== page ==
5 min read

Content policy is basically astrology? (part one)

Moderating with large language AI models could open up new ways of thinking about content policy, moderation, and even the kinds of platforms that are possible. But there may be downsides too.

I'm Alice Hunsberger. Trust & Safety Insider is my weekly rundown on the topics, industry trends and workplace strategies that trust and safety professionals need to know about to do their job. This week, I'm thinking about:

  • How moderating with LLMs is going to change everything
  • Resources for pivoting to T&S from another industry

Get in touch if you'd like your questions answered or just want to share your feedback. I noticed the reply-to email on this newsletter last week didn't work, but it should be fixed now. Sorry about that!

Here we go! — Alice

Humans & LLMs: who does what?

Why this matters: Moderating with large language AI models is going to change everything, says former OpenAI head of T&S, Dave Willner. It will open up new ways of thinking about policy, moderation, and even the kinds of platforms that are possible. But there may be downsides too.

I promise I'm not going to write about AI and the future of T&S every week, but Dave Willner's recent talk at the Berkman Klein Center for Internet & Society— "Moderating AI and moderating with AI" — made it impossible to not bring up again.

In it, the former OpenAI, AirBnb and Facebook veteran suggests that large language AI models (LLMs) should replace the bulk of human moderators. "This is a really big deal if you accept the case I made to you," he says.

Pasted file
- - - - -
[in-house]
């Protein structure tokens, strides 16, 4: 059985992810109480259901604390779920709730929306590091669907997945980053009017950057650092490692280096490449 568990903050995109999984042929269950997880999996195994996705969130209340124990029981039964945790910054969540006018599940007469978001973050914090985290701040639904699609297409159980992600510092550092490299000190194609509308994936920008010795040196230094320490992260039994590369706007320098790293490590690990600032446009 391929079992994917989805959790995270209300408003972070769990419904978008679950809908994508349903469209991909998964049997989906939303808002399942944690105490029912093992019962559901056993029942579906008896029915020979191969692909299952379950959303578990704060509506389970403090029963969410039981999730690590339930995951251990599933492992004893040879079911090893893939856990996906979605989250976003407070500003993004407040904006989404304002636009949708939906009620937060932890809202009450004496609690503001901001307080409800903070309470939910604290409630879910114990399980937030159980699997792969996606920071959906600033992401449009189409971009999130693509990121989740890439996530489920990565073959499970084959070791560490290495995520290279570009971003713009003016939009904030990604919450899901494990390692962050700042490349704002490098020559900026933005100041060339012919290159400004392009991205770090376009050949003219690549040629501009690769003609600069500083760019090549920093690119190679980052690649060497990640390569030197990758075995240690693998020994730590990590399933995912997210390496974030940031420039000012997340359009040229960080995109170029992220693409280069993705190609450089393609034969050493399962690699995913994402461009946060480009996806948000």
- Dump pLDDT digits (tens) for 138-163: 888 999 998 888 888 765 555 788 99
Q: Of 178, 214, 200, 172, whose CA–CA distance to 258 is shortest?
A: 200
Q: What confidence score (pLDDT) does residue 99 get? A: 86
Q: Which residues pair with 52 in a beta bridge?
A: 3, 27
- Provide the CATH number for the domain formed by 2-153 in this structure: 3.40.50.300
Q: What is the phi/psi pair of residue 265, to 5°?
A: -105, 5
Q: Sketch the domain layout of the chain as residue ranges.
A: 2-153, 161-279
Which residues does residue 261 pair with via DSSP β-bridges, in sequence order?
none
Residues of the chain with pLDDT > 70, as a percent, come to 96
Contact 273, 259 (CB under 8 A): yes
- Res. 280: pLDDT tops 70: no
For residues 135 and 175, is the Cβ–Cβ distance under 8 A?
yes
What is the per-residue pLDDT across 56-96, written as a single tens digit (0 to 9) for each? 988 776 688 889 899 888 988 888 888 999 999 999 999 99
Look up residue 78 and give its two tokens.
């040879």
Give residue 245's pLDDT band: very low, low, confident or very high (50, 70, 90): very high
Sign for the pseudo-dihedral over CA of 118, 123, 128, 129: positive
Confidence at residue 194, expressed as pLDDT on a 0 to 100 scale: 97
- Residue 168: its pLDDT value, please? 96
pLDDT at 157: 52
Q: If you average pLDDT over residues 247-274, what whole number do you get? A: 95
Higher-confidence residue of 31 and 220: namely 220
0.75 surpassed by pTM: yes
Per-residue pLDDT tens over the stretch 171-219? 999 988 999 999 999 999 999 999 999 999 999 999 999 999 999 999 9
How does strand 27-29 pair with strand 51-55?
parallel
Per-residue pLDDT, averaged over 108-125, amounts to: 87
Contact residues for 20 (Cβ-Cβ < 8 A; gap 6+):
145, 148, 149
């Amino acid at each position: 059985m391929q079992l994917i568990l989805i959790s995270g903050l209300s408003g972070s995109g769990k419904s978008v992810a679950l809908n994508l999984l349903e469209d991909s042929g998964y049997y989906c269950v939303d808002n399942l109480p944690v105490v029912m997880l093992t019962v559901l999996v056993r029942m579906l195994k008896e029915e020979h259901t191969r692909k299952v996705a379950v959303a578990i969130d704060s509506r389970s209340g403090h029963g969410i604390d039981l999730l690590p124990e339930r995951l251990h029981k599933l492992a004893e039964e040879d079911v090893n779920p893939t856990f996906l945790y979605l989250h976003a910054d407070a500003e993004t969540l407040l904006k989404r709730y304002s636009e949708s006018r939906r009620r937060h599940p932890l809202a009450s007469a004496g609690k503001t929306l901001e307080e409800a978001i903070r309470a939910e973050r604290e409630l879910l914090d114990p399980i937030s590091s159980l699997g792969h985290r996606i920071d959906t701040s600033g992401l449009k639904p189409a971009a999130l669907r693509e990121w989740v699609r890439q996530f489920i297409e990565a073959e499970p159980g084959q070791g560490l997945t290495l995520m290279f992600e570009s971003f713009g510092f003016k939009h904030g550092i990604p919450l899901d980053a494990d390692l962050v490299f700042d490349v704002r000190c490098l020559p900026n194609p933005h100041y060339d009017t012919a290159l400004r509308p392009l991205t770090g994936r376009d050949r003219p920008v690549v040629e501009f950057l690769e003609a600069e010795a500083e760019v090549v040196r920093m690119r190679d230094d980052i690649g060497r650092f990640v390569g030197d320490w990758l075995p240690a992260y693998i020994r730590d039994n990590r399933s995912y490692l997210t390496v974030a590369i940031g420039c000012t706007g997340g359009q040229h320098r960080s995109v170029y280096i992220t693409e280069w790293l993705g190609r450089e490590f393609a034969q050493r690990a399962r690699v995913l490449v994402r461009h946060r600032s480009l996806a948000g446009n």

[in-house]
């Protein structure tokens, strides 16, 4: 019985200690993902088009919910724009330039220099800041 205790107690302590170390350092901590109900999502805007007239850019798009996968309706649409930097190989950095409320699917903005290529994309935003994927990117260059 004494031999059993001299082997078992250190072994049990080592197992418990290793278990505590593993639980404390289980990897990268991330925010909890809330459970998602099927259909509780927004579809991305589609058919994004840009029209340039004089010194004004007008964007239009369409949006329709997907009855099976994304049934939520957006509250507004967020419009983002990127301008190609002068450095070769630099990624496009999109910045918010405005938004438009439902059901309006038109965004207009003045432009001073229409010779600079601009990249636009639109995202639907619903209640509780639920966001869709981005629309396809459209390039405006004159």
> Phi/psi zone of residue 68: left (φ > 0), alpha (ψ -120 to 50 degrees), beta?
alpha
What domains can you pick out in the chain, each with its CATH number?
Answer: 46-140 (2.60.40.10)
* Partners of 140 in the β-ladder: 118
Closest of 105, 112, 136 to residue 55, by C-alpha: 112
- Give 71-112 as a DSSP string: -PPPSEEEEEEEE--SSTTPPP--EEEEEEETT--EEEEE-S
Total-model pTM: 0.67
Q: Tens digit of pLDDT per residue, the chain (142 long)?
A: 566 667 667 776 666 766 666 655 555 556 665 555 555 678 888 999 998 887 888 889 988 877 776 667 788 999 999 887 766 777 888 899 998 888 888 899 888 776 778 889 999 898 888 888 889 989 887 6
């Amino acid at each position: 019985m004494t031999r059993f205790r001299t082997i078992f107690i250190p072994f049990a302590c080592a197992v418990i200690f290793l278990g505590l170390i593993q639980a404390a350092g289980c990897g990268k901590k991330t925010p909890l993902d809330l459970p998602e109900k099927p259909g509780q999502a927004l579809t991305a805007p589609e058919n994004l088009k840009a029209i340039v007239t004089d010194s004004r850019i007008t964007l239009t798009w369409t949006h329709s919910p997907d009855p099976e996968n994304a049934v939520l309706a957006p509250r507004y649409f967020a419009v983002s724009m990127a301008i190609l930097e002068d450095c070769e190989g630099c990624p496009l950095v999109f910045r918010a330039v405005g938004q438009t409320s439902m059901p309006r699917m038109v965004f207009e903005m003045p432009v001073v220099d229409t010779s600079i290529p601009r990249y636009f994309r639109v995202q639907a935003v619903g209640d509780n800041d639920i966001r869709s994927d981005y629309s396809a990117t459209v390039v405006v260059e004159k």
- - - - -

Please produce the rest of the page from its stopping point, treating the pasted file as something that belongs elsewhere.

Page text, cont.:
Willner's case boils down to this: that problems with bias and mistakes from LLMs are "static, engineering-shaped problems" that can be solved, unlike the "roiling mass of chaos" that are human moderators at scale. He predicts mass job loss for frontline moderators, but also an increase in higher-level jobs 1) overseeing running QA for AI (which is similar to what I talked about last week) and 2) writing incredibly detailed policy documents for the LLMs to run from. In short:

"This does not just mean we will lift and drop AI in the place of human frontline moderators. It will change of the kinds of systems that are viable to have. It opens up new possibilities of moderation."

Using LLMs for moderation instead of humans will unlock fundamentally different ways of thinking about policy, he says:

"Right now, a lot of content policy is basically astrology about how content moderators will react to the words that you wrote."

As he explained in a recent Tech Policy Press piece with former Meta staffer Samidh Chakrabarti, we'll also be able to test different versions of policies with LLMs — thus pre-empting unintended consequences of guideline changes — and even create new kinds of online platforms that we haven't even dreamed up yet.

But, where are the humans?

One interesting thing that Willner leaves out of his main talk but addresses in the Q&A is is the following question: do we want humans to be involved in this process and, if so, in what capacity?

Regulation will guide the answer to this question to some degree. Gartner recently predicted that, over the next few years, the European Commission will mandate that customers have "the right to speak to a human" during customer service interactions. And it already exists today in the language of the Digital Services Act, which states that internal complaint-handling systems are "are subject to human review where automated means are used."

When asked about how regulation will shape human involvement, Willner replies:

"I think the rise of gen AI problematises a bunch of the European moves here, because they assume that a human answer is going to be better, more fulfilling, more correct, and my basic thesis is that's wrong."

So it's clear he sees an increasingly smaller role being played by humans. Except in one area.

Willner predicts that, as we (as an industry) get better at the classification job of moderation, moderation will matter less and the actual values that moderation is based on will matter more. He doesn't say it explicitly but it's clear who will decide those values: humans, of course.